Judge Clark Douglas doesn't believe in bad filmmaking, no matter how persuasive the evidence.
What do you believe?
"Are you going to object to any of this?"
Facts of the Case
Bryan Becket (Tim Daly, Private Practice) is a high-powered attorney whose wealthy aunt has just passed away. Bryan never cared much for his aunt, but at least he'll finally get his hands on her considerable possessions. Bryan's marriage is going through a bit of a rough patch, so he decides that he's going to stay in the mansion by himself for a while. That may not have been the best idea. Unusual things seem to be happening. Bryan starts hearing strange creaks and moans in the house. At first he brushes off such things with the usual excuses ("It's the wind," "It's just a house noise"), but soon he begins to feel that it must be something more…sinister. To make matters even more complicated, it seems that the house was not actually left to Bryan, but to a mysterious laboratory dedicated to investigating the paranormal. What the Sam Hill is going on here?
There is some potential in the basic premise of The Skeptic, but the whole thing is more or less undone by its rather tedious predictability. Despite some decent acting and a handful of intriguing moments, the most mildly attentive of viewers will be able to tell precisely where the film is going in no time at all.
The film establishes Becket's character very quickly: he's a guy who doesn't believe in anything supernatural or spiritual. This means he absolutely refuses to believe in gods, ghosts, spirits, or any other such things. At his aunt's funeral, a priest asks him why he doesn't take the religious elements of the event seriously. "Kind of hard to do when the pope's going around wearing those silly hats," Bryan scoffs. Right, so that's Bryan for you. As the film proceeds, his certainty about the non-existence of supernatural beings starts to weaken. Eventually, the skeptic isn't so skeptical anymore. Oh, the irony! The film isn't aggressively bad by any means, just mundane and ordinary in its journey from point A to point Blah.
Tim Daly is a perfectly good actor most of the time, but I honestly didn't care much for his performance in The Skeptic. First, Daly has too much inherent nice-guy charm to really sell his early scenes as an obnoxious, self-absorbed jerk. If he doesn't quite manage to make those moments work, he's particularly unconvincing during the moments in which he declares his lack of belief. Bryan is supposed to go from confidently skeptical to nervously doubtful, but Daly seems to be tilting in the direction of belief from the very beginning. His defense of his doubt is half-hearted at best; he seems like a man who wants to lose an argument. I suppose it's a distant possibility that this could have been an intentional element of the character, but I sincerely doubt that given the film's lack of nuance and depth in other areas.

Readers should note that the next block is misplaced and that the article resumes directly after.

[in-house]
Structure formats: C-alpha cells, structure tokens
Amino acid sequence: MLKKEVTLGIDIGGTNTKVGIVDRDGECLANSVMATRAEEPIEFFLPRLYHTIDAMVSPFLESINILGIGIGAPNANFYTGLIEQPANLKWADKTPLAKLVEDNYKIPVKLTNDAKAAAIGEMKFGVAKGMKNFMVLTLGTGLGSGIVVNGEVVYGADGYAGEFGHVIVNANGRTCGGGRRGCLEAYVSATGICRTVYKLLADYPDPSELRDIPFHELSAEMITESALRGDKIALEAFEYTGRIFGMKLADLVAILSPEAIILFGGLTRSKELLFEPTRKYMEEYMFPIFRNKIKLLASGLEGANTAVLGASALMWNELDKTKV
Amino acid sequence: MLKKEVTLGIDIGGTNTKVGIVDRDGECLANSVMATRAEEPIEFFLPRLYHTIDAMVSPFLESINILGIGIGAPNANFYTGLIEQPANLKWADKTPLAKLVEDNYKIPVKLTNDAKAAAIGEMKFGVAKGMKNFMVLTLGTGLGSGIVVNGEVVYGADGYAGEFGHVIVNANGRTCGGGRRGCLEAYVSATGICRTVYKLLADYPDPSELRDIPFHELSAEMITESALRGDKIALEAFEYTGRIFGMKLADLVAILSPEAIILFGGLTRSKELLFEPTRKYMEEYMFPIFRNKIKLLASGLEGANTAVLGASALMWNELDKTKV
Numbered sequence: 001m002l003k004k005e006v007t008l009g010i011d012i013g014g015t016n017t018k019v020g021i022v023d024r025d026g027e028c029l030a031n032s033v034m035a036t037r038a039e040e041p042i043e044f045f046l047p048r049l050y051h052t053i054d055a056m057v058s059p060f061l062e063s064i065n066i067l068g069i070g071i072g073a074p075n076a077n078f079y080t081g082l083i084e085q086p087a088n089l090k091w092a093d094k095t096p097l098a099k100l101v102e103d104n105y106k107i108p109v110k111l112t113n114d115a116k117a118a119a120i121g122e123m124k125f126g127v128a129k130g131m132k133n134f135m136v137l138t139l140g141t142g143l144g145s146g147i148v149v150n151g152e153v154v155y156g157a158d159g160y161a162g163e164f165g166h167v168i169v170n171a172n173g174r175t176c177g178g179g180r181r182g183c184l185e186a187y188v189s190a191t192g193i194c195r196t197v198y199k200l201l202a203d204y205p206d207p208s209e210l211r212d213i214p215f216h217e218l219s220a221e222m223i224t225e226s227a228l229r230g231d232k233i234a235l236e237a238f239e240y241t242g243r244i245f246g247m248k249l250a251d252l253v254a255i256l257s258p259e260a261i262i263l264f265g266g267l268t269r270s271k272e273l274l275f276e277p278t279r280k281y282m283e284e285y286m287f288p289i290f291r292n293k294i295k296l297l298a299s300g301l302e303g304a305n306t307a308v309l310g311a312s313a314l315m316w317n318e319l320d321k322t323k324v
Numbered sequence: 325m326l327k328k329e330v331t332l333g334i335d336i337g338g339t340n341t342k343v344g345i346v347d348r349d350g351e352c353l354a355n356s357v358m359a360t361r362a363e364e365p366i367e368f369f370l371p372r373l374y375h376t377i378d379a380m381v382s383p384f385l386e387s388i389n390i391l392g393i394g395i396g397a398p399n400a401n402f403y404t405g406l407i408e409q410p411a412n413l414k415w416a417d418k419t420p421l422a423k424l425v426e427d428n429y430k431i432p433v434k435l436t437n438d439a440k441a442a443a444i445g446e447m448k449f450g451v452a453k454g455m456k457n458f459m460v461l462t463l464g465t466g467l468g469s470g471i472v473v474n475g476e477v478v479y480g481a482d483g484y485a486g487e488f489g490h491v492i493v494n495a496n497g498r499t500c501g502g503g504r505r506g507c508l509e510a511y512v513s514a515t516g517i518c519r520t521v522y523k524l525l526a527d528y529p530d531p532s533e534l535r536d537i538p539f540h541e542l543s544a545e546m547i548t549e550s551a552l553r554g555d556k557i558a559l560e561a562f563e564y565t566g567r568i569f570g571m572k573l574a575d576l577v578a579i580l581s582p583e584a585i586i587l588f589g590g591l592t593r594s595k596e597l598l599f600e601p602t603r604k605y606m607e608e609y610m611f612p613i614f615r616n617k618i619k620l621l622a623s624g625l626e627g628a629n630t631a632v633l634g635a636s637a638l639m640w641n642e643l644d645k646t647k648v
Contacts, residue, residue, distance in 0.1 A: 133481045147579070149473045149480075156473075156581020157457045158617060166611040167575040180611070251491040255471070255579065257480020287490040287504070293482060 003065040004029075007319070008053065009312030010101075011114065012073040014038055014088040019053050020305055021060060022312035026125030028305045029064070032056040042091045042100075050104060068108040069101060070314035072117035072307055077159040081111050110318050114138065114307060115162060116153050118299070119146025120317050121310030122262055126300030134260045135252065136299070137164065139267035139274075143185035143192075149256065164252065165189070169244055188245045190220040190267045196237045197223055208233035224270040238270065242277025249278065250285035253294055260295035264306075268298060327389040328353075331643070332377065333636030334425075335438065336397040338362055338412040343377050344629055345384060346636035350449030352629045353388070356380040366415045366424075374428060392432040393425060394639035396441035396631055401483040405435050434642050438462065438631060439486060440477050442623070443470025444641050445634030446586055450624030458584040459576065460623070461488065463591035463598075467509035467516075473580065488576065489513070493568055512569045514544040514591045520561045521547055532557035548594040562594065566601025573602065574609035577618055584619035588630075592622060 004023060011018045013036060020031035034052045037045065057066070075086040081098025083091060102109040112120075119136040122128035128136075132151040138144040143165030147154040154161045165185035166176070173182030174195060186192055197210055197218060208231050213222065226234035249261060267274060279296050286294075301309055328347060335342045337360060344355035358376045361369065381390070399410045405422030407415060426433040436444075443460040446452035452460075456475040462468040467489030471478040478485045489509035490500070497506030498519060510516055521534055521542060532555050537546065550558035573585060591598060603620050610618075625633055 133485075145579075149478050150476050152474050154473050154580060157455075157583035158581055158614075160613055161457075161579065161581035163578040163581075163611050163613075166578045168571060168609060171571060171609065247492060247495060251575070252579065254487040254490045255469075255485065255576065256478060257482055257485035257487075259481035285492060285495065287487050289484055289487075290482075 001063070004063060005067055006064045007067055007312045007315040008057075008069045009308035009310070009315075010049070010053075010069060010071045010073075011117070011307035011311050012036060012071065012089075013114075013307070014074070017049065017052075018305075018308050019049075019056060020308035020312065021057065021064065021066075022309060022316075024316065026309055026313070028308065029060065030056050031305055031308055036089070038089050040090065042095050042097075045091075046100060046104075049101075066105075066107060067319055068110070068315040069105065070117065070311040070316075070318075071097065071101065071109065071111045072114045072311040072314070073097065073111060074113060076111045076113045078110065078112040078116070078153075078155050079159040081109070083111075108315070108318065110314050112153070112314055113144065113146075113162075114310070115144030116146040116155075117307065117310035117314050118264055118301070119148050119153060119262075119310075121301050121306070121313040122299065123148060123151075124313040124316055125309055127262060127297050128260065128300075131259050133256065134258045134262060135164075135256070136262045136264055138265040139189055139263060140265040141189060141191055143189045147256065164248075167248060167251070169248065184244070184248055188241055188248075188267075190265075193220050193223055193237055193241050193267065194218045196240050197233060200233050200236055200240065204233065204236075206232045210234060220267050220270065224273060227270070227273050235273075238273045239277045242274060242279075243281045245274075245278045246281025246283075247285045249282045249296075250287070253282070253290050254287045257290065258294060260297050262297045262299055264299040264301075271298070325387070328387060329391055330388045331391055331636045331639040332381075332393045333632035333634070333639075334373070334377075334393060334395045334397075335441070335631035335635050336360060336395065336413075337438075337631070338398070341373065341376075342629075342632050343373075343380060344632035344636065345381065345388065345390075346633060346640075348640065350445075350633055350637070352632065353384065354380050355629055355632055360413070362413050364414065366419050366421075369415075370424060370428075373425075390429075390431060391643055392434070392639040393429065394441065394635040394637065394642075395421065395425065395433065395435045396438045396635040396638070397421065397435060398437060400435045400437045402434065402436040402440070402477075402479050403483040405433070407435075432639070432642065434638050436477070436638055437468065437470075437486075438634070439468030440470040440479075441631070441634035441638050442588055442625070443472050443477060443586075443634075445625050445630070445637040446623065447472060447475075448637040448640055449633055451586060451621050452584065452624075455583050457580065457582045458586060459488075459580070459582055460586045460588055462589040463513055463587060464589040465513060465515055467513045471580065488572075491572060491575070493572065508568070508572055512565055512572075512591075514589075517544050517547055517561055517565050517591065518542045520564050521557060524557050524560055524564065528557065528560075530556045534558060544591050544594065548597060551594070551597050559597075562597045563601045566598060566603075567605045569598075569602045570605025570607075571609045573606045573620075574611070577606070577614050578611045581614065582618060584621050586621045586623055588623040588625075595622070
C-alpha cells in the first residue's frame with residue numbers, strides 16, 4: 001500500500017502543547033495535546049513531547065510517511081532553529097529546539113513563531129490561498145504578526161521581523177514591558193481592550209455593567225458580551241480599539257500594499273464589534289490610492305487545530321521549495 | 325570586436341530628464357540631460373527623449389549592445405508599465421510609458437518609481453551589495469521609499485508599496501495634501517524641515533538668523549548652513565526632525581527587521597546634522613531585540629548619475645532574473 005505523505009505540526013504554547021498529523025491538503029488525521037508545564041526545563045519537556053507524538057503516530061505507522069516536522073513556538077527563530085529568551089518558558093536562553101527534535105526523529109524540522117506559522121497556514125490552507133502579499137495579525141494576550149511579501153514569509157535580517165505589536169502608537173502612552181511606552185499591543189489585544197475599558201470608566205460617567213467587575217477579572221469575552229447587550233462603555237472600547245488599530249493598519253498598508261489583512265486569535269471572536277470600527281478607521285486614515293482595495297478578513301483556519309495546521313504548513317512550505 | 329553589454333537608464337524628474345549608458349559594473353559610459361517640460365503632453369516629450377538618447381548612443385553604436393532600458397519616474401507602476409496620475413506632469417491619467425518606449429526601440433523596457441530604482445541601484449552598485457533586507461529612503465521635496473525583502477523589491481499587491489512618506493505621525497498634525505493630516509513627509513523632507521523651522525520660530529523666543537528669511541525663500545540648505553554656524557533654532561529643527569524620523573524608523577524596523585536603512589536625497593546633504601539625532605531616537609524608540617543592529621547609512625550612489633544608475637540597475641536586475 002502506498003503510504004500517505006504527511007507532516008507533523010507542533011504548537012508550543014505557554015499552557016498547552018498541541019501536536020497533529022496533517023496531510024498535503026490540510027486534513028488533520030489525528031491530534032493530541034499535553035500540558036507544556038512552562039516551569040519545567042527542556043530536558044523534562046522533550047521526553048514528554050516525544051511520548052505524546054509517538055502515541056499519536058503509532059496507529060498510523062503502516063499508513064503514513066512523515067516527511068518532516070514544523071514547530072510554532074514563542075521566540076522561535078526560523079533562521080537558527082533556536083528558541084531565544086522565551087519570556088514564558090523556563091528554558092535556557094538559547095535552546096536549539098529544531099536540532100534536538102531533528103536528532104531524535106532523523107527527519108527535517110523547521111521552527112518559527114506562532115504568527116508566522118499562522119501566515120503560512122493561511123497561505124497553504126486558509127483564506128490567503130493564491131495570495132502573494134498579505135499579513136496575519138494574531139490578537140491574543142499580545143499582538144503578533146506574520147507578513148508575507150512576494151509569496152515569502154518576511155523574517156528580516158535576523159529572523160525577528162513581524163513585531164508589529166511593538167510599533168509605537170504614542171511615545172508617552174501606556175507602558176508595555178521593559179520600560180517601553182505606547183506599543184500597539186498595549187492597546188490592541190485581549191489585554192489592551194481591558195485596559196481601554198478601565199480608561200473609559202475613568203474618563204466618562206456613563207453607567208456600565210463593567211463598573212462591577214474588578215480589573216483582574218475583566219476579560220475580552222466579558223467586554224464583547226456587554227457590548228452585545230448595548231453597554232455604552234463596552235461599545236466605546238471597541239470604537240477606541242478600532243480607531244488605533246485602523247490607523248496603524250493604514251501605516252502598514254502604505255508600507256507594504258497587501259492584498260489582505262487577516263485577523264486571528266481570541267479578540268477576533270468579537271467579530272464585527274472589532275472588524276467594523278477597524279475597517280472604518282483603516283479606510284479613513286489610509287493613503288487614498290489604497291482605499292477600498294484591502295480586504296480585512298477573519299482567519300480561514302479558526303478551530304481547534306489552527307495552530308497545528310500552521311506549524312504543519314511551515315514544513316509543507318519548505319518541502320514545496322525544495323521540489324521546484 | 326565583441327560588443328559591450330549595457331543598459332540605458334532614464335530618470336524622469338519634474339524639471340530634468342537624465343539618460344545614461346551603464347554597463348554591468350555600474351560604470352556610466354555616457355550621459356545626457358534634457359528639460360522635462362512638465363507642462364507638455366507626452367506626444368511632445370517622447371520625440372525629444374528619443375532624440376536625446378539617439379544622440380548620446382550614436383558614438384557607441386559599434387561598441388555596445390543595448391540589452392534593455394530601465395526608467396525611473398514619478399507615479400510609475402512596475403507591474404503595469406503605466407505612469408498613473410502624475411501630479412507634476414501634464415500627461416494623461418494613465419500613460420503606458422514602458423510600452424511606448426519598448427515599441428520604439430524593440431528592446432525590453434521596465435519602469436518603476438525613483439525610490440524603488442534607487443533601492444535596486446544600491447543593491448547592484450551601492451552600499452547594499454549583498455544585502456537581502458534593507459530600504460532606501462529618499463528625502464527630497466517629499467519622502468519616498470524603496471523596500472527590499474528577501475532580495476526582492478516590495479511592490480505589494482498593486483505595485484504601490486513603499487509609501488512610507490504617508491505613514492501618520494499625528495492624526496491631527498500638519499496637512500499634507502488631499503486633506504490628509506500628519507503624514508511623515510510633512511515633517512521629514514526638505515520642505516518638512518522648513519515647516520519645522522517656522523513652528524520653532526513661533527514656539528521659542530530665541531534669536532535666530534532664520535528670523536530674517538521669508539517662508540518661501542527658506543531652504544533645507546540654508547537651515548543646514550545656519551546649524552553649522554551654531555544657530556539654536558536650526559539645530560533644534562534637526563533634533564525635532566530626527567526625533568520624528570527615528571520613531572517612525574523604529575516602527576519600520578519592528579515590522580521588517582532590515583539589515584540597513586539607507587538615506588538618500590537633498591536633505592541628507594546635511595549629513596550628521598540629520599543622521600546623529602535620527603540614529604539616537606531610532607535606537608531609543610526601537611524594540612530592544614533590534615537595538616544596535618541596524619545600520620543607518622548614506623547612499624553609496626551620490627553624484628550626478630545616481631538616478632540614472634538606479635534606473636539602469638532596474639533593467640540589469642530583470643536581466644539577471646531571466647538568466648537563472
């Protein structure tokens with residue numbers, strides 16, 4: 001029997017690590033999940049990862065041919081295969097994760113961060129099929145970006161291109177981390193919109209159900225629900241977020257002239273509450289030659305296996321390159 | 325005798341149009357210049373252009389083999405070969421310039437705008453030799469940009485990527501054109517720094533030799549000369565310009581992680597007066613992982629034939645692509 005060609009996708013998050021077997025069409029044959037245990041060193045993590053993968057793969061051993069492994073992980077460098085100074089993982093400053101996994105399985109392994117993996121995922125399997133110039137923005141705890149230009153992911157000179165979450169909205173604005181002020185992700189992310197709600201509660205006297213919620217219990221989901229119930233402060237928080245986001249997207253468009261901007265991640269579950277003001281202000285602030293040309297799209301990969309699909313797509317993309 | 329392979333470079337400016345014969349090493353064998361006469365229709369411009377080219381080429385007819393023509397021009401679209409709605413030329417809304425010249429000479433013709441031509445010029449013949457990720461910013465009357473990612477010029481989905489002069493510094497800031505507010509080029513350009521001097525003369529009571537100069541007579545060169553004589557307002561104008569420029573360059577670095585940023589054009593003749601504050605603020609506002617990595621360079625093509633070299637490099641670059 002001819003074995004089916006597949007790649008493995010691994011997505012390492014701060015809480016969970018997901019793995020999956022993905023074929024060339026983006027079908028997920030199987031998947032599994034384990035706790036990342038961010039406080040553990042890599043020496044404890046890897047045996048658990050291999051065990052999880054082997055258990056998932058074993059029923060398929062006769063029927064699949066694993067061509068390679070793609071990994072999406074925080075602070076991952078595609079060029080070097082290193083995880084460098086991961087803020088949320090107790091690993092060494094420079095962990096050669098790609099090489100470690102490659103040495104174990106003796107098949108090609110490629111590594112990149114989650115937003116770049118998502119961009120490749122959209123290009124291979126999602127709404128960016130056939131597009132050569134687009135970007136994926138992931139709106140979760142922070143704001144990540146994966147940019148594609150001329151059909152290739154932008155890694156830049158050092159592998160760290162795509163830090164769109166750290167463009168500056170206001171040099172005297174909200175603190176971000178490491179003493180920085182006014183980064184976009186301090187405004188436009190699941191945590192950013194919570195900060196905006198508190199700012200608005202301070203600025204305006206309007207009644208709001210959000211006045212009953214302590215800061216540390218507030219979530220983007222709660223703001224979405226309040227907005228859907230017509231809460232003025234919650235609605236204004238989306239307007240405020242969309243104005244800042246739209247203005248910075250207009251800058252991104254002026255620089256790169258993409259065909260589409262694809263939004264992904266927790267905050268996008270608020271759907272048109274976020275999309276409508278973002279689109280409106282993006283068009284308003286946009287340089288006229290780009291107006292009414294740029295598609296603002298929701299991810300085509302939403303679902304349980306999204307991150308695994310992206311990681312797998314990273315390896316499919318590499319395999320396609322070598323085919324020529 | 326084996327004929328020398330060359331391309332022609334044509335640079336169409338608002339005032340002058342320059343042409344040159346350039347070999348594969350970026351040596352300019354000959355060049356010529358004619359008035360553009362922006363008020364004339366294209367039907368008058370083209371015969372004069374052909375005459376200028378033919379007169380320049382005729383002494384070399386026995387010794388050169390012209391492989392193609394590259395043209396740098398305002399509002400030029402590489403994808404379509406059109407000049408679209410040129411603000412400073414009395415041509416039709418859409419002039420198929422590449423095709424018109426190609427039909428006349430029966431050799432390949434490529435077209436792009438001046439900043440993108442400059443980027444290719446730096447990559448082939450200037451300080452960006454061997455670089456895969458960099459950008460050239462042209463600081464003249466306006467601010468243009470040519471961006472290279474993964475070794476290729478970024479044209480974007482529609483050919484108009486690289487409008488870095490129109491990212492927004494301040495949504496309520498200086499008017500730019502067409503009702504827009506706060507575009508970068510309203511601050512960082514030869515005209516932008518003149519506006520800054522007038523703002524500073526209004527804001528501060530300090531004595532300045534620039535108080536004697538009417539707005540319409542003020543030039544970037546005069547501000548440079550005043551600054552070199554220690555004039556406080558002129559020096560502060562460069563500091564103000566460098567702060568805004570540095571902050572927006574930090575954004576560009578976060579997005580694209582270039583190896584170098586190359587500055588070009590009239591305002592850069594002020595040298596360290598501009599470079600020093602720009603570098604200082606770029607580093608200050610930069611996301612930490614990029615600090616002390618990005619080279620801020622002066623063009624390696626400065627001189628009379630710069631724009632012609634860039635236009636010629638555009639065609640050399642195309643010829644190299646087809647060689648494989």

The rest of the actors do solid work, but they are stuck with repetitive and one-dimensional roles. Robert Prosky (Monsignor) plays the priest who offers warm words of wisdom and occasional prophecies of doom ("There's something not quite right about that house," he says quietly). Bruce Altman (Running Scared) is the psychic who offers advice about the stuff that lies in the world beyond. Tom Arnold (Gardens of the Night) plays the partner who offers those obnoxious fake-out "Boo!" moments (why do supporting characters in suspense/horror movies always insist on trying to scare their friends?) and who frets about Bryan's increasingly odd behavior. Edward Herrmann (I Think I Love My Wife) is the doctor who attempts to provide a rational explanation for everything. Though the actors all sell their lines with conviction, they cannot transcend the limitations of the script.
The other significant character is a peculiar individual played by Zoe Saldana. She's a volatile associate of Altman's character who has particularly strong intuitive skills when it comes to dealing with the supernatural. She turns up at Bryan's house approximately halfway through the film, volunteering to help him solve his problems. This stretch of the movie is lengthy, dull, and completely unrewarding, as the duo slowly but surely works toward uncovering the Becket family secrets. Who knew that supernatural revelations could be so boring?
The DVD transfer is okay. Close-up shots tend to look good, benefiting from stellar facial detail and warm colors. However, long shots tend to be pretty lacking in detail, partially due to the general softness of the image. Black crush is also a significant issue during some of the darker scenes. For whatever reason, a lot of these IFC Films releases tend to get somewhat less-than-remarkable DVD transfers. Audio is okay, though Brett Rosenberg's score sounds a bit more pinched and weak than it ought to. Dialogue is clean and clear throughout. Sound design is surprisingly minimal, considering that this is a haunted house movie with lots of creaking and moaning. The only extra on the disc is a theatrical trailer.
The Rebuttal Witnesses
For its many flaws, the movie is strangely watchable most of the time, the sort of thing one might easily get sucked into while channel-surfing. That doesn't help the sense of wasted time that one feels at the conclusion, but these 89 minutes are surprisingly tolerable given the blatant predictability of the film.
Failing to work both as a theological argument and as an exercise in suspense, The Skeptic will be heading towards the 5-dollar DVD bin very quickly.
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